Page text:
From there you can either add a day and move on to the next chapter, or review. Genki is a great book but its not something you just read all the way through, you gotta kind of internalize it a bit, which doesn’t require putting your nose in the book. Just think about it and try practice with yourself or someone else.
If you can’t read hiragana or katakana, you should basically ignore everything you have until you can read it pretty solidly. The only thing you have on your list that you can actually use without kana is Genki (and maybe Anki depending on which deck you want to use), so you could try to see if you like studying from a textbook too. Textbooks aren’t for everyone and everything else you have is SRS so if Genki doesn’t work you could just use Bunpro for grammar.
Re: a plan for grouping speaking, listening, reading-- honestly I don’t know if you need to worry about that right now because all those skills build off of one another and you can figure out which you want to focus on as you get better. I feel like a vocabulary/grammar breakdown is more useful in the beginning.
Seconding the advice that you should learn hiragana and katakana before anything else.
After that, I’d recommend adding new resources/routines one at a time. WaniKani is pretty easy to start with, and will give you a bit of a head-start when tackling grammar and additional vocab. Be careful when establishing your WK pace, though, that you don’t take on too much work and run out of time to study other aspects of the language.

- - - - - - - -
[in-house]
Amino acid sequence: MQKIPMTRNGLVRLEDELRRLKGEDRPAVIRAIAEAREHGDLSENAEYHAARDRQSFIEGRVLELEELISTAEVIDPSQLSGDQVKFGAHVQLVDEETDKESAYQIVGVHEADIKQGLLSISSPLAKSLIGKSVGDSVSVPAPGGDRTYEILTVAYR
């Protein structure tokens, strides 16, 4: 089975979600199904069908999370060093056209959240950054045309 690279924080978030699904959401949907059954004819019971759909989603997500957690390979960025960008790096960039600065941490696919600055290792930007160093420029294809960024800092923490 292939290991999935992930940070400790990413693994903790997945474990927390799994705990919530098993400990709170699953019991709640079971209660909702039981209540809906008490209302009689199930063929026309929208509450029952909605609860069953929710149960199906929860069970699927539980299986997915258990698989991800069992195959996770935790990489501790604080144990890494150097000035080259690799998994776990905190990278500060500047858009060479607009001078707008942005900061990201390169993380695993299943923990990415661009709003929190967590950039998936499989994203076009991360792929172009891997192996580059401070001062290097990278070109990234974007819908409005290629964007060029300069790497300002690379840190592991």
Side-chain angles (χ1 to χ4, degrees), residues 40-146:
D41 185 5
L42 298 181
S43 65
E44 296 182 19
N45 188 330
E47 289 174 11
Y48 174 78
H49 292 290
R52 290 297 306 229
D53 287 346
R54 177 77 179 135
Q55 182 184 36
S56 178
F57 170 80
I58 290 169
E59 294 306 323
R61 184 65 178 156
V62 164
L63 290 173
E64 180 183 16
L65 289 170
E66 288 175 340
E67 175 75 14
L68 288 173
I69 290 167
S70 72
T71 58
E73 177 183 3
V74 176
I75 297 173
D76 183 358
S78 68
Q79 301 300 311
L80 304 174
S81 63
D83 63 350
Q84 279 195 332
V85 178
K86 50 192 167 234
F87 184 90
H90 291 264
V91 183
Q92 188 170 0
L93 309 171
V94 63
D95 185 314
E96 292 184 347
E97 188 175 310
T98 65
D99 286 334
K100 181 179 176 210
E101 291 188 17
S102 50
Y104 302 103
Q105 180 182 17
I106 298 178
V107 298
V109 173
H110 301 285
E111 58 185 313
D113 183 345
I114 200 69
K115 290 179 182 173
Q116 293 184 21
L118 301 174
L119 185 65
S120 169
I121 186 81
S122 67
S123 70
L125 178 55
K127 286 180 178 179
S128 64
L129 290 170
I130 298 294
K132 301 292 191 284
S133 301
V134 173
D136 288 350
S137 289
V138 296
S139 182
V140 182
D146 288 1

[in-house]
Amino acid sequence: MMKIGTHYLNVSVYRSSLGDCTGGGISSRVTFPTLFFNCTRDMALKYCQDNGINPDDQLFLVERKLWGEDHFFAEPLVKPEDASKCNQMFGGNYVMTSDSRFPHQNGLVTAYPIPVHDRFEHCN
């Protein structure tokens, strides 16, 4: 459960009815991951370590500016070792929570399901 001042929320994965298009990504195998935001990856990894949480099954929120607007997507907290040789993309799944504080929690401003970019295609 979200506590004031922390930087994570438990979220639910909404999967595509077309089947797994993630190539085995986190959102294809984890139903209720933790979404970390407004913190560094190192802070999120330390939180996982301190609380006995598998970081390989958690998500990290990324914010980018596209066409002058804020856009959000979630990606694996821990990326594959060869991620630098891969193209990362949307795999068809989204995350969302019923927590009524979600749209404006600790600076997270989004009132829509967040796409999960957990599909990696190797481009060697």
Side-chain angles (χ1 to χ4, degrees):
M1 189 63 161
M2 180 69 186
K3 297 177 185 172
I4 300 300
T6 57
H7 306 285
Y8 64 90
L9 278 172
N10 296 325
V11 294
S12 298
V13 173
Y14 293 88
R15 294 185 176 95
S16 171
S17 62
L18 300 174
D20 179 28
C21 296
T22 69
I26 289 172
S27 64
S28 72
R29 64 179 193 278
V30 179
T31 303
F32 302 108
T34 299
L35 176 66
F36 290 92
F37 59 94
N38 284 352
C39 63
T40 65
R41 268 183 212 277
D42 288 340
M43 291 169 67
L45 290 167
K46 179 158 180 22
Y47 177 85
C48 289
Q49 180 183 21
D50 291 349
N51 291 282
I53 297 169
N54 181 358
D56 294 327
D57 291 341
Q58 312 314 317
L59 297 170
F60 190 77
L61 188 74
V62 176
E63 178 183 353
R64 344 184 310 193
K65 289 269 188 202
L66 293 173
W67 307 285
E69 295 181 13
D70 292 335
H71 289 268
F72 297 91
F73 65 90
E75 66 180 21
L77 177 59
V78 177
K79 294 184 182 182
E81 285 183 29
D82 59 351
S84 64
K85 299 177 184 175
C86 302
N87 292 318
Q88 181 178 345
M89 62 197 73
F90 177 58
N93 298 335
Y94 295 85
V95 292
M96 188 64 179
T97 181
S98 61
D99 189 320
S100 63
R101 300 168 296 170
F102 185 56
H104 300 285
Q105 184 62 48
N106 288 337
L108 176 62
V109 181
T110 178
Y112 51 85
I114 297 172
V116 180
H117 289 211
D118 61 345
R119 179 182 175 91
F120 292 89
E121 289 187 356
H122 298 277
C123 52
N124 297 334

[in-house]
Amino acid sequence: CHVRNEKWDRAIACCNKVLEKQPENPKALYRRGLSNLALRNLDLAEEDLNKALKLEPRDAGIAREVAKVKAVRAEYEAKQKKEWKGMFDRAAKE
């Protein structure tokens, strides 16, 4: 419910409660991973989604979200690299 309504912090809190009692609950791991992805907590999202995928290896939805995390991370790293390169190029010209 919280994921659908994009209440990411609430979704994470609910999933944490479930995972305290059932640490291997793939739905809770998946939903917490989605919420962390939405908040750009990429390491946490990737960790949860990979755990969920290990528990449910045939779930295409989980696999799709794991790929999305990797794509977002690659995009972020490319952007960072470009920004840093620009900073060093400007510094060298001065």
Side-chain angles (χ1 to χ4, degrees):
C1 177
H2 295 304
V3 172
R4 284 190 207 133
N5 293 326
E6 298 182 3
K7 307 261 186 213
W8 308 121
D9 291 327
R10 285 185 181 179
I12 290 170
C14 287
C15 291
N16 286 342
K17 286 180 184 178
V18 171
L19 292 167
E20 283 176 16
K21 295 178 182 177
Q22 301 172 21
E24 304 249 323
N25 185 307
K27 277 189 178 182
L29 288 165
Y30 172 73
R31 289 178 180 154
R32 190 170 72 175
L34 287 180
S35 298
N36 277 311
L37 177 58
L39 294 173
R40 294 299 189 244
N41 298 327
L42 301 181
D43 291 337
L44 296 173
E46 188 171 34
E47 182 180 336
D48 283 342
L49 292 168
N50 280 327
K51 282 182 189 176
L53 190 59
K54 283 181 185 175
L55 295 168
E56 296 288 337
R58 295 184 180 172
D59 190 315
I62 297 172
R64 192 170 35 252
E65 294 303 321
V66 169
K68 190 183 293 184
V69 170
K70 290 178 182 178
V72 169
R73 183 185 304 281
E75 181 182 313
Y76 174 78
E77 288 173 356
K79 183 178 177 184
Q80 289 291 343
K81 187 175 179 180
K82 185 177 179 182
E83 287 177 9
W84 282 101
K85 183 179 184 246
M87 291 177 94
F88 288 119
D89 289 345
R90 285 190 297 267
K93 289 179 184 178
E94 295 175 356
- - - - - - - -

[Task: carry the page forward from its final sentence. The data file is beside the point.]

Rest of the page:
I don’t recommend waiting until level 10 to start grammar (I think you can start much earlier), but it’s probably a good idea to wait until your WK study routine has stabilized. When your WK lessons and reviews have become second nature, that might be a good time to pick up Genki.
My recommendation for Genki is to run through the vocab for each chapter on Anki before doing the chapter. I guess you could also use Kitsun for this, but personally I prefer to use Anki for textbook vocab because my native media vocab mining setup uses Anki, and I’d rather my flash cards all be in the same place as much as possible.
With Bunpro, I can’t really advise you on that, because I don’t use it at all. I suppose you could use it to reinforce what you’re learning in Genki. Just keep in mind that juggling multiple SRS at the same time can be very punishing, and if you use Anki/Kitsun for non-WK vocab, you’re already balancing two of them. So if you do use Bunpro, I would go very slowly and try to keep it tied to your textbook progression so that you don’t overwhelm yourself.
If you really care about speaking, you’ll probably need to find an actual Japanese class, a tutor, or some form of listening partner. I don’t think the resources you listed will really cover you there. I can’t advise you on this because I’m currently not prioritizing speaking at all.
For listening, I’m not quite sure if Genki offers exercises on that, but you’ll probably need to supplement it with other resources. There are plenty of podcasts and such out there to practice with, and a wide world of Japanese media that you can use as listening practice. It is hard as a beginner to find things at your level, though, but that is one area where finding a tutor would also probably benefit you.
If you do try to tackle reading, listening, and speaking all at once, just be aware that your overall speed of progression is going to be slower. It’ll take a lot longer before you can really see the results of your studies, which can be discouraging or frustrating.